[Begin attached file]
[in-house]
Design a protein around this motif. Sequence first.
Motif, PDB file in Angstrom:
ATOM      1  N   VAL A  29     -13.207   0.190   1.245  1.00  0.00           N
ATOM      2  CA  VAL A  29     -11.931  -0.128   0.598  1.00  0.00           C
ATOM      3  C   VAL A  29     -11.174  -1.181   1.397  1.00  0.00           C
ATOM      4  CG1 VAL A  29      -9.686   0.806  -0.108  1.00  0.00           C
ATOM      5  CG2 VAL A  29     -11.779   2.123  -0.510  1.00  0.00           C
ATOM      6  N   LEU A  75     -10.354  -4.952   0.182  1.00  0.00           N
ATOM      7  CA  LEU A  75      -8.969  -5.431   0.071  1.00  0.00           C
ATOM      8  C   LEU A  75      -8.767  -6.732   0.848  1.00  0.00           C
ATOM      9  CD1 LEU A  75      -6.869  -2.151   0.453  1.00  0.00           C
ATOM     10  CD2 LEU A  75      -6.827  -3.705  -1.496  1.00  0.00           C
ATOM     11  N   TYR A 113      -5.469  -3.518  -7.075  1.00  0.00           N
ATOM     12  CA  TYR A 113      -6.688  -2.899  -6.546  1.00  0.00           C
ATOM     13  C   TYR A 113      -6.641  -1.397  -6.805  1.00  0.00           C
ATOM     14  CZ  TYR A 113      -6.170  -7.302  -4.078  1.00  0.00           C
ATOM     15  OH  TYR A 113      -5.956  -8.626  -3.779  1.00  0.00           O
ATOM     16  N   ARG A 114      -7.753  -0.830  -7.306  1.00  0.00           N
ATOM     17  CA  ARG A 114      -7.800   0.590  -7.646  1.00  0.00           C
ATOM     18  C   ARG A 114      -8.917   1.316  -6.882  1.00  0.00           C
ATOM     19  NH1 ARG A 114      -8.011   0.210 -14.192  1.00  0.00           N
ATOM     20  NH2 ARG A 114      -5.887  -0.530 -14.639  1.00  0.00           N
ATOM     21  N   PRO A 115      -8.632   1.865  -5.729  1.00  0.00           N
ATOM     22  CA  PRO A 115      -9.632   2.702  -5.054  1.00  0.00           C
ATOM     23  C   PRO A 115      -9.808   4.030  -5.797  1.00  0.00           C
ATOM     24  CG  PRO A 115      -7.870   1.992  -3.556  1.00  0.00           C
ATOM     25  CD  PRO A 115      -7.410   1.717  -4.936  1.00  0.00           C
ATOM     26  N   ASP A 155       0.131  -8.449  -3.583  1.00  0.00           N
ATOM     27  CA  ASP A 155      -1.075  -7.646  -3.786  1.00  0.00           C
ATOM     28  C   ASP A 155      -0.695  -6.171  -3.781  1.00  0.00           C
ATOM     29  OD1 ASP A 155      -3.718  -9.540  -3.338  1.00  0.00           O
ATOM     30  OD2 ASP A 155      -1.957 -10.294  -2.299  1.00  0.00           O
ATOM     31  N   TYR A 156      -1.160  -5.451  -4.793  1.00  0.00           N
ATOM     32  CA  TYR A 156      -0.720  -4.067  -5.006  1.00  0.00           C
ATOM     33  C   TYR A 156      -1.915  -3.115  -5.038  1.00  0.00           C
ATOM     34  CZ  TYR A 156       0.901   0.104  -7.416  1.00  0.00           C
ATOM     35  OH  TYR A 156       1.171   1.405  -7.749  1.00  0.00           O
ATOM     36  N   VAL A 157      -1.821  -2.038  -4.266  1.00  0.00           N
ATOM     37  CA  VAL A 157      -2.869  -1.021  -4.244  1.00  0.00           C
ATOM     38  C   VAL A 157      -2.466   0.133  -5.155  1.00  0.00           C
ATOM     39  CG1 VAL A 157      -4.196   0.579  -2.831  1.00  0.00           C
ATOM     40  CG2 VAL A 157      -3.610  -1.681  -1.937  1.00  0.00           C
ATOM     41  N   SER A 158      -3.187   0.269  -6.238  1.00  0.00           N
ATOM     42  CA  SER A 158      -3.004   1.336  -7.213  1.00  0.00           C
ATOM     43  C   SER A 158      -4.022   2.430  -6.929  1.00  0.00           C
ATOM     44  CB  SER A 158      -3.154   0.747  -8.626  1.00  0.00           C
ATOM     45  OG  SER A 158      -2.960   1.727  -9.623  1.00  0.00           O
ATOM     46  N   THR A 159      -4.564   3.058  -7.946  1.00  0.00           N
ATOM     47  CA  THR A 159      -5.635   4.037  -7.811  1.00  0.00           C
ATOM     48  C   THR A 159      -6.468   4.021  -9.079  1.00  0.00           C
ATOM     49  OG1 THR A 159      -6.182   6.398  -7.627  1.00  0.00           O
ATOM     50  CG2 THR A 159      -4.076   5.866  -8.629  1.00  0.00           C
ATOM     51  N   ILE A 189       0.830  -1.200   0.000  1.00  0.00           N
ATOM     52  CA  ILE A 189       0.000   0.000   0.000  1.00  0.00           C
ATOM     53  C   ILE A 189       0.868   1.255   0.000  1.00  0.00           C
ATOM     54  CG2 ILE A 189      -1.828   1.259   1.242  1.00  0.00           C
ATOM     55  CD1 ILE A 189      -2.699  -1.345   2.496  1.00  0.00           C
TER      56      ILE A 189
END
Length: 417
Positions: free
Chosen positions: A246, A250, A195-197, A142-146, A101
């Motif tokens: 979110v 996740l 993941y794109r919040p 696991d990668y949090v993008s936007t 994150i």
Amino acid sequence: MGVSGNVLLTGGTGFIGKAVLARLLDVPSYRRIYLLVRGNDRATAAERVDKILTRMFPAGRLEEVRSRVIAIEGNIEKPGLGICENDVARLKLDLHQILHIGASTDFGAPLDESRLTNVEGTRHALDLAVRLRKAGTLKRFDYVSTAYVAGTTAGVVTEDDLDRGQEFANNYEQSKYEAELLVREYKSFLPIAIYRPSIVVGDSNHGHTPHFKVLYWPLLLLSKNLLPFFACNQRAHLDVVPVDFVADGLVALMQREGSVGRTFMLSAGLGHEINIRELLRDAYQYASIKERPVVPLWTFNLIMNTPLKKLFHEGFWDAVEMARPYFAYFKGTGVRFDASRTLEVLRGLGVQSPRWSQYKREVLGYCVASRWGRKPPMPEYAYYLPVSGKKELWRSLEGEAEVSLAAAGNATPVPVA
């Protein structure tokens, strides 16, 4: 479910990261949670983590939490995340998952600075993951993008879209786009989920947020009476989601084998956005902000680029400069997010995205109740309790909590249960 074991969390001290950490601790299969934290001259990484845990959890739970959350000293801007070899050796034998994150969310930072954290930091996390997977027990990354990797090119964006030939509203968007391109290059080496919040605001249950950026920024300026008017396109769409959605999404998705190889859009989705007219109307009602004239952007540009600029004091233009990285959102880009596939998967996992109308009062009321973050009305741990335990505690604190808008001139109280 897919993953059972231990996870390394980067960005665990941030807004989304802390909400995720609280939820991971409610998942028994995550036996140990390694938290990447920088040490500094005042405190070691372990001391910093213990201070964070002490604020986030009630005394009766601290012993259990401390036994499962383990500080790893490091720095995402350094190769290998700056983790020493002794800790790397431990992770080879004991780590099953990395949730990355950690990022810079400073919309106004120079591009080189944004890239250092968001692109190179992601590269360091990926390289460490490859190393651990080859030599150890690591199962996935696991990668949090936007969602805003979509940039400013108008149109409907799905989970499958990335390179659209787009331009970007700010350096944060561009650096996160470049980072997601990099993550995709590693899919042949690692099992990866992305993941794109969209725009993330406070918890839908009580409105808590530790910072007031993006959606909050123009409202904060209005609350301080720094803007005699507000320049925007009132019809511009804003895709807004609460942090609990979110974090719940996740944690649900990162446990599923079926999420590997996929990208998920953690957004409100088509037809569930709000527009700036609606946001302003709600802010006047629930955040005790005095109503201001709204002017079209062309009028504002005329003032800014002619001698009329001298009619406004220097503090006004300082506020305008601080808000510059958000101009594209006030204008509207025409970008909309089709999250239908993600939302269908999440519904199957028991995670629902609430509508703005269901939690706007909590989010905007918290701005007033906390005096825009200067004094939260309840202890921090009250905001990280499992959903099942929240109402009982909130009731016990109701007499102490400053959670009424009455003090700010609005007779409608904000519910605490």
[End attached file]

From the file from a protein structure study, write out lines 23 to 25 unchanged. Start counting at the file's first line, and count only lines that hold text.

ATOM     20  NH2 ARG A 114      -5.887  -0.530 -14.639  1.00  0.00           N
ATOM     21  N   PRO A 115      -8.632   1.865  -5.729  1.00  0.00           N
ATOM     22  CA  PRO A 115      -9.632   2.702  -5.054  1.00  0.00           C